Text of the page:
How to Avoid Becoming a Victim of Vishing Scams

    According to the consumer advisory service, Citizens Advice, an estimated ¾ of Britons have been targeted by scammers, and 1 in 10 people know of someone who has lost money to a fraudster.  It’s, therefore, more important than ever to be vigilant and not to trust anyone.

    One of the most common scams involves vishing, or cold-calling someone on the phone and convincing them they are being contacted by a government or bank official or other respected professional.  Number spoofing allows them to make it seem as if they are calling from the department or bank branch where they claim to be. This technique hides their true number and permits another number to appear on their victim’s caller ID display.

    Along with their use of technology, they also use clever psychological tricks.  They almost always introduce a note of urgency and the risk of delay so that their victims don’t question what they’re being told.  

    The key to fraudprevention is making sure that consumers are aware of the most common scams.  In this way, they can avoid becoming easy prey for the conmen.

    What are the most common phone scams?

    One popular phone scam is to call someone and claim to be from a bank or credit card company.  They will explain that the safety of a debit/credit card or bank account has been compromised, and they need the personal details of the account holder to rectify matters.  They might even offer to send a courier for the card and request the PIN.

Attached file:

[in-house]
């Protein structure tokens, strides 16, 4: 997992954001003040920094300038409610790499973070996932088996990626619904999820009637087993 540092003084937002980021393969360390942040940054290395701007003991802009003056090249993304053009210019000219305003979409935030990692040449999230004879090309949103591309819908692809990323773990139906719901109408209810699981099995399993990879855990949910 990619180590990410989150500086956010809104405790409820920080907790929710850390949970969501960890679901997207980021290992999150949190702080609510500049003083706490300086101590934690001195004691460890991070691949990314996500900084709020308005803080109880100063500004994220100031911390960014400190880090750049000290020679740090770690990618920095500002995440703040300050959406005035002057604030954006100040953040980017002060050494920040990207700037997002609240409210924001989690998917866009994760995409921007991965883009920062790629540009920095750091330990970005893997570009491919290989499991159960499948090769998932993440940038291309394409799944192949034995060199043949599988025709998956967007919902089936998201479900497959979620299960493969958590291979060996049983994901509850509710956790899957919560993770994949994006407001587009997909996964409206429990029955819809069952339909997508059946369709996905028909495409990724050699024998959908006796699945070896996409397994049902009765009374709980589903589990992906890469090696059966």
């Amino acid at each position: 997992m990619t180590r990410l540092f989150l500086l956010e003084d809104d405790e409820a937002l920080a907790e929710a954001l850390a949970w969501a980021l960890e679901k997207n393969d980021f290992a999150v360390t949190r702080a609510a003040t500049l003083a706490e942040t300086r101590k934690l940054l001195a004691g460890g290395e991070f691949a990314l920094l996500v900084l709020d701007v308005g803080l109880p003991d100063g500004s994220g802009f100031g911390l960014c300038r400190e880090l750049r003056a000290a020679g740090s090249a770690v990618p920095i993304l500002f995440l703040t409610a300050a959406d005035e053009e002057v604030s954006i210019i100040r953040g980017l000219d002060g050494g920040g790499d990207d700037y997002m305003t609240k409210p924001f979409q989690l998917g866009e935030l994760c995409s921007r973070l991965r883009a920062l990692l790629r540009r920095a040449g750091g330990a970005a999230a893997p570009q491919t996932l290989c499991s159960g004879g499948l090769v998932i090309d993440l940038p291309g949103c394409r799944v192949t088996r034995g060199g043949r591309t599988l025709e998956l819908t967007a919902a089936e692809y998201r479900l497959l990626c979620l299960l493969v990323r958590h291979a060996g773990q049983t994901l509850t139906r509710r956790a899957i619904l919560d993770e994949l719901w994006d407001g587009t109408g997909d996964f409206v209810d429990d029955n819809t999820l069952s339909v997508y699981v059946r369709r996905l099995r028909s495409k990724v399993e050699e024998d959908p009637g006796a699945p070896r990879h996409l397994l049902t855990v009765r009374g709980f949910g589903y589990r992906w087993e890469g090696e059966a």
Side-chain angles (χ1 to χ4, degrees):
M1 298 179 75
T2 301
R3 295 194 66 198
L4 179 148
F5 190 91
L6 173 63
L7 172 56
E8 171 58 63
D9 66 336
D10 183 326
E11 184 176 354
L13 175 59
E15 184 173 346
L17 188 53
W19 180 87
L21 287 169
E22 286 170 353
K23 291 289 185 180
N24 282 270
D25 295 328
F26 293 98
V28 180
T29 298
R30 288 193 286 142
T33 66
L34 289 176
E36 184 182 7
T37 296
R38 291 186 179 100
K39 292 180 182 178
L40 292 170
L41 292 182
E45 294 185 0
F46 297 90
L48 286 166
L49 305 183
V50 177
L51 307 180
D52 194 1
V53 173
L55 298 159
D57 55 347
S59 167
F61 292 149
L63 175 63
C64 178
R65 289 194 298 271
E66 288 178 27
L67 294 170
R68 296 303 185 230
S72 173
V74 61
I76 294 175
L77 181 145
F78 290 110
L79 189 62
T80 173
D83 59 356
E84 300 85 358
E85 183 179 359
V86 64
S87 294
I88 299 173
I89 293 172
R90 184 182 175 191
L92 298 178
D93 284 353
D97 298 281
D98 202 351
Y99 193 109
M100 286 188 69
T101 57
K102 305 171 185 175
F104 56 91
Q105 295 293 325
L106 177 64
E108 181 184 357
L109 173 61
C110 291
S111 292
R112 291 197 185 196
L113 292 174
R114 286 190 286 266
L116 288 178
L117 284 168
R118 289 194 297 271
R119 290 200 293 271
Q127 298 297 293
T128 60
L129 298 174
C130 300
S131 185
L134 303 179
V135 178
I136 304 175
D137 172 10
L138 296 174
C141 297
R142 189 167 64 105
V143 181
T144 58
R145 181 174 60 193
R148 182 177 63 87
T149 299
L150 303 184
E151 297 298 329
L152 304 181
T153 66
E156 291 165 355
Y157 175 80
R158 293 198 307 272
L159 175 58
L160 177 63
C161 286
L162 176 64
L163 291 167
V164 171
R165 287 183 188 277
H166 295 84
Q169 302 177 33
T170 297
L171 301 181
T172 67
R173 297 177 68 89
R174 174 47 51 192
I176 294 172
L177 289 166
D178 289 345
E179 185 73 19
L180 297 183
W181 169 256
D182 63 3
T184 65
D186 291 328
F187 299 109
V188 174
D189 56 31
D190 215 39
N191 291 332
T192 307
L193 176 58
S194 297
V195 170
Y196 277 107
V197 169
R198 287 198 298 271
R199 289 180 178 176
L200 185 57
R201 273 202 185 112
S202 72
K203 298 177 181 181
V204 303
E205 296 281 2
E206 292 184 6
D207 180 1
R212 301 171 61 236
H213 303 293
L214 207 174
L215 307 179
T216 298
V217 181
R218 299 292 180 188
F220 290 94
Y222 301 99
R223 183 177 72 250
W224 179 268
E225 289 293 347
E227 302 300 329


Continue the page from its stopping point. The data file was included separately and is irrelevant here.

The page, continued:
Other conmen pretend to be from HMRC.  They will claim that the person is either owed a tax rebate or owes money for unpaid taxes.  They will then ask for personal data to arrange a bank deposit (and use the information to commit identity theft) or will ask for the ‘unpaid taxes’ to be deposited into an account.

    Another common scam is that they telephone on behalf of a well-known IT firm (such as Microsoft).  They will then explain how the person’s computer has been infected by a virus and ask for money for anti-virus software.  Often this software is non-existent, or it is actually spyware which is introduced into the computer to look for sensitive financial information or other personal details.  

    How to avoid becoming a victim of phone scams

    Firstly, you should never, under any circumstances, reveal personal details over the phone (even to the police).  If you feel hassled, you should hang up and ring them back on a number you’ve found independently of the caller (and waiting 5 minutes in case they stay on the line).  You shouldn’t feel pressurised into going along with what they say but should take the time to question what you’re being told.

    If you become a victim of a scam, Cashfloat can be relied on to offer an instant loan to see you through this tough patch.  They are a reputable FCA authorised lender who can be trusted.